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The Unseen Effects of Ebola | Commentary

Pandemics as rapid and devastating as the current Ebola outbreak, although rare, serve as an important reminder of the critical security and humanitarian work the U.S. does around the world and here at home — not with drones and air bases, but with medical tents and syringes.

It is my hope at times such as these that, despite fear-inducing headlines and finger-pointing politics, U.S. foreign aid will find a moment of rare appreciation, and support. U.S. foreign assistance provides indispensable global leadership concerning both emergency and on-going global health needs. This work is instrumental in saving millions of lives around the world and protecting ourselves here at home.

At just one fifth of 1 percent of the entire federal budget, U.S. global health funding is a tiny portion of government spending, but the American government nevertheless remains the world’s single largest development donor. To put it in perspective, though the U.S. ranks 21st in giving — Norway spends six times as much in terms of percentage of GDP for example — the relative size of the American economy means that the money devoted by Congress to international aid and development is of overwhelming importance to long-term global progress across a range of fields — including what we now know to be indispensably important health infrastructure.

I note this because funding is being channeled into Ebola care and containment, as it should be. The House Committees on Foreign Affairs, and Energy and Commerce, each met twice; there’s been an Executive Session of the Senate Committee on Health, Education, Labor, and Pensions. But as Ebola swallows up vast resources and destroys fragile communities, stories are emerging of patients dying of malaria or childbirth because local clinics and hospitals — either swamped by Ebola patients or closed — are no longer able to care for them. Sierra Leone’s Minister of Agriculture says farms have been abandoned, and whole villages wiped out. Kanayo Nwanze, president of the UN International Fund for Agricultural Development, said the Ebola epidemic is strangling regional trade and could “lead to a hunger crisis of epic proportions for West Africa.”

Emergency response organizations are heroes, often putting themselves at personal risk. But U.S foreign aid also supports the thousands who work quietly, out of the headlines. Over the long term they strengthen whole health-care systems so that in the future, outbreaks need not become epidemics, and epidemics, should they occur, need not become pandemics because structures intended to contain them collapse due to problems such as under-funding and lack of staff and training. As well as treating the ill, health and development organizations build healthy populations served by functioning clinics and trained staff, and communities are educated about nutrition, sanitation, medical interventions, agriculture and so much more—all of which are essential to halting the spread of diseases, including Ebola.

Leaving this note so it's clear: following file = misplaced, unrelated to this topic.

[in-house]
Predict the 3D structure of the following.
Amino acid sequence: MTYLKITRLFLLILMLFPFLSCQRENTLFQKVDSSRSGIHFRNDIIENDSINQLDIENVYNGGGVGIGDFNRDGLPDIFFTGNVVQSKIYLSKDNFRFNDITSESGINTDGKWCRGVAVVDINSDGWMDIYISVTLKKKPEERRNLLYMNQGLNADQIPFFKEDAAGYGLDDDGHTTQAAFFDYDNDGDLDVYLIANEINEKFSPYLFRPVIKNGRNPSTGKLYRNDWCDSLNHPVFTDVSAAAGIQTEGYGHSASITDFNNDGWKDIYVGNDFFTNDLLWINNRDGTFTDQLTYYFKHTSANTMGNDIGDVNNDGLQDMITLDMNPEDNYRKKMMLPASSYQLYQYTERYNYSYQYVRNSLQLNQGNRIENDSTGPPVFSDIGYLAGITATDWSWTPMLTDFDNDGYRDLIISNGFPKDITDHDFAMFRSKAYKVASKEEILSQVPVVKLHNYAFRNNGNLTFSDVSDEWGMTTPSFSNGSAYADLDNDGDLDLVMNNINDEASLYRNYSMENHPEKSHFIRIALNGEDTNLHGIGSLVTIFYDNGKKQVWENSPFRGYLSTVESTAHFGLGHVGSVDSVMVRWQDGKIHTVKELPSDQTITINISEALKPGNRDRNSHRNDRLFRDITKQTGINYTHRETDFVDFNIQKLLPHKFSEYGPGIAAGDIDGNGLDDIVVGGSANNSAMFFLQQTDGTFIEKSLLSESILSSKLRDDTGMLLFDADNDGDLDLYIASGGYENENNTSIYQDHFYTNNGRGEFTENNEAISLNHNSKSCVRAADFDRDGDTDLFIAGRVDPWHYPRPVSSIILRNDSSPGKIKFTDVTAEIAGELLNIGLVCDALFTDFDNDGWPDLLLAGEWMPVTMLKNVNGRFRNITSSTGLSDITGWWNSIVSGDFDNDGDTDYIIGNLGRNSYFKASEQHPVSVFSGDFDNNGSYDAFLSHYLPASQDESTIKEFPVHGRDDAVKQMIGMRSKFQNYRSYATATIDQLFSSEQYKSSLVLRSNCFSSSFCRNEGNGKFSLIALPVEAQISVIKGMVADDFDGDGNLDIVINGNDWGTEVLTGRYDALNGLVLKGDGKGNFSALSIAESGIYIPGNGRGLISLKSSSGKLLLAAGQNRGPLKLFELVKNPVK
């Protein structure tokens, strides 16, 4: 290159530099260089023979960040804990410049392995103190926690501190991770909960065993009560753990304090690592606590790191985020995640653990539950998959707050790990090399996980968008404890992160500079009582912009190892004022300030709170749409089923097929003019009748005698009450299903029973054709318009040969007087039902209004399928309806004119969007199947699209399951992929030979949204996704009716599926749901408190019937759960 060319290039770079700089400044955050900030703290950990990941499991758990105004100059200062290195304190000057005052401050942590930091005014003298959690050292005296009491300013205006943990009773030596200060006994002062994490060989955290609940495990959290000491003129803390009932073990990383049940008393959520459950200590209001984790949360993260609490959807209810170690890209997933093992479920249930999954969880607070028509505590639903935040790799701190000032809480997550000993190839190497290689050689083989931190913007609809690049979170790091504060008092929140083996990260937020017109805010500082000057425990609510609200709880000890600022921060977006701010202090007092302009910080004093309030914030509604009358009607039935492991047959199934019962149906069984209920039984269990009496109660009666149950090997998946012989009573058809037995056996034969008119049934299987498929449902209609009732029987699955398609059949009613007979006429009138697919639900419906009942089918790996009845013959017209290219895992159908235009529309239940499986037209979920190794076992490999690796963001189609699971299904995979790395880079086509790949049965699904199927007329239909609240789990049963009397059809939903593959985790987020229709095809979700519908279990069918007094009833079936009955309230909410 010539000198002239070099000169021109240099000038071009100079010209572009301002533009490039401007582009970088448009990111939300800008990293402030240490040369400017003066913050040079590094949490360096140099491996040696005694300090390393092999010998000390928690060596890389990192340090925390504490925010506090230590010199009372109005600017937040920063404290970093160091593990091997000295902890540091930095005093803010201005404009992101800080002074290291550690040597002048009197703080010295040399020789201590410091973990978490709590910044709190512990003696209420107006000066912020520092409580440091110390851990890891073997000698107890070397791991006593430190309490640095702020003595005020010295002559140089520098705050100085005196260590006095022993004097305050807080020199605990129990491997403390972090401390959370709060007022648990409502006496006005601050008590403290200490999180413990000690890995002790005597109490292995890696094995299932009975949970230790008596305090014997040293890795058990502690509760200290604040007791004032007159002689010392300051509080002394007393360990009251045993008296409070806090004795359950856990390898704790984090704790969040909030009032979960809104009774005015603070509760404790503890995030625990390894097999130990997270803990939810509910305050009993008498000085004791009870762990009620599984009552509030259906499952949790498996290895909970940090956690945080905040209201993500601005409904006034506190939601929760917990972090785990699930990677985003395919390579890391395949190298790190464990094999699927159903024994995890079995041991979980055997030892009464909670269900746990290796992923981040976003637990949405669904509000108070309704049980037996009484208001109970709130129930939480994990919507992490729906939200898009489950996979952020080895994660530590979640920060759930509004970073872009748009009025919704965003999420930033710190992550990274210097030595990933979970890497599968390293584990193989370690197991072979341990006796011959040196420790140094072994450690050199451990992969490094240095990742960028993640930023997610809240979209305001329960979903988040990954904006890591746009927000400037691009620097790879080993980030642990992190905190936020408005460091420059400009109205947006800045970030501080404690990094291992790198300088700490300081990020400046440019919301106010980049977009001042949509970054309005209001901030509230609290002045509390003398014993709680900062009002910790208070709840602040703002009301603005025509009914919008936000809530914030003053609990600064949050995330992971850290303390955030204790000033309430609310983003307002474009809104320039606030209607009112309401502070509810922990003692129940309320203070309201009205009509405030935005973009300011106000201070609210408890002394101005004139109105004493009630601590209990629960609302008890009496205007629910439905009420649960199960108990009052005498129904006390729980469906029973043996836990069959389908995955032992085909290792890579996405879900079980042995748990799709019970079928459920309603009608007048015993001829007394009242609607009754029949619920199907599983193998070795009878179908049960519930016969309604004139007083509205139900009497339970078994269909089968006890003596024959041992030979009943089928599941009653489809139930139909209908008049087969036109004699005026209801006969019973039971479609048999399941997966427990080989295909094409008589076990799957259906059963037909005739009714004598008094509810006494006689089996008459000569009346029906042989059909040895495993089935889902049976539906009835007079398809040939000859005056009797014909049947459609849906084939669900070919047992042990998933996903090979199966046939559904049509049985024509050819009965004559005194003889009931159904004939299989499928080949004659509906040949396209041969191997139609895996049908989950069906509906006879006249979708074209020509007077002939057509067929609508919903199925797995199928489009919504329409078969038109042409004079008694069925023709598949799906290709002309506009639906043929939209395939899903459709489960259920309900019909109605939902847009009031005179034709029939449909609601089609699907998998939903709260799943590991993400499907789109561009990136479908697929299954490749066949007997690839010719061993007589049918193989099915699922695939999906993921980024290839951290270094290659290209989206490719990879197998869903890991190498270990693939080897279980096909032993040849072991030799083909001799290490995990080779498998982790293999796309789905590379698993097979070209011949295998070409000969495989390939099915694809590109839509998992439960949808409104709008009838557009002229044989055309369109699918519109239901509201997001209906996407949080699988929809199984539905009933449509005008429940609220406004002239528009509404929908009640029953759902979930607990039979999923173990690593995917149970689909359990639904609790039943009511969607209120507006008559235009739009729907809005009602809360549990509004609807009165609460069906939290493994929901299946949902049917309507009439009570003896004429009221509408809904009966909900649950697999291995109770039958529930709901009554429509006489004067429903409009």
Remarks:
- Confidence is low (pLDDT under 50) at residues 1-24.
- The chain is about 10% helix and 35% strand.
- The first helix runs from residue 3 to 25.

The tragedy of Ebola is going to be made all the worse if we do not continue to vigorously support all global health, not just in the countries hit by the disease, but in the dozens of countries where foreign aid is making unprecedented advancements in global health and development. According to recent UNICEF data, as many as 6.3 million fewer children under five will die this year than in 1990 and people are getting out of poverty faster. These hard-won gains must not be lost, nor should forward momentum be curtailed. Seventeen thousand children still die every day, from mostly preventable diseases. That is another kind of pandemic. Our work is going in the right direction, but it is not complete.

I hope in all the talk and analysis, Congress understands that U.S. investment in global health is an investment in American health. Fear won’t save lives. It is impossible to close off a border to a disease. When a multitude of diseases are a plane ride away, containing them where they begin is the priority. If we want to prevent Ebola and other diseases such as polio, cholera, tuberculosis, deadly flu strains, measles and malaria from crossing U.S. borders, the way to do that in today’s global economy is to deal with them at the source.

A supplemental funding request for Ebola may be essential to continue global health work that saves lives and protects us here at home. We cannot rob Peter to pay Paul. If funding is taken from money allocated for global health work, children and families in developing countries are going to suffer and die. Much-needed health care development will be halted. As a result, when we face the next pandemic, it may be even harder to stop.

Ebola will undoubtedly take too many more lives. Times of crisis are a sound reminder of the life-saving value of every dollar “we the people” invest in global health — for all God’s children.

Bruce Wilkinson is the president and CEO of Catholic Medical Mission Board, and previously served as regional vice president-Southern Africa, for World Vision International.

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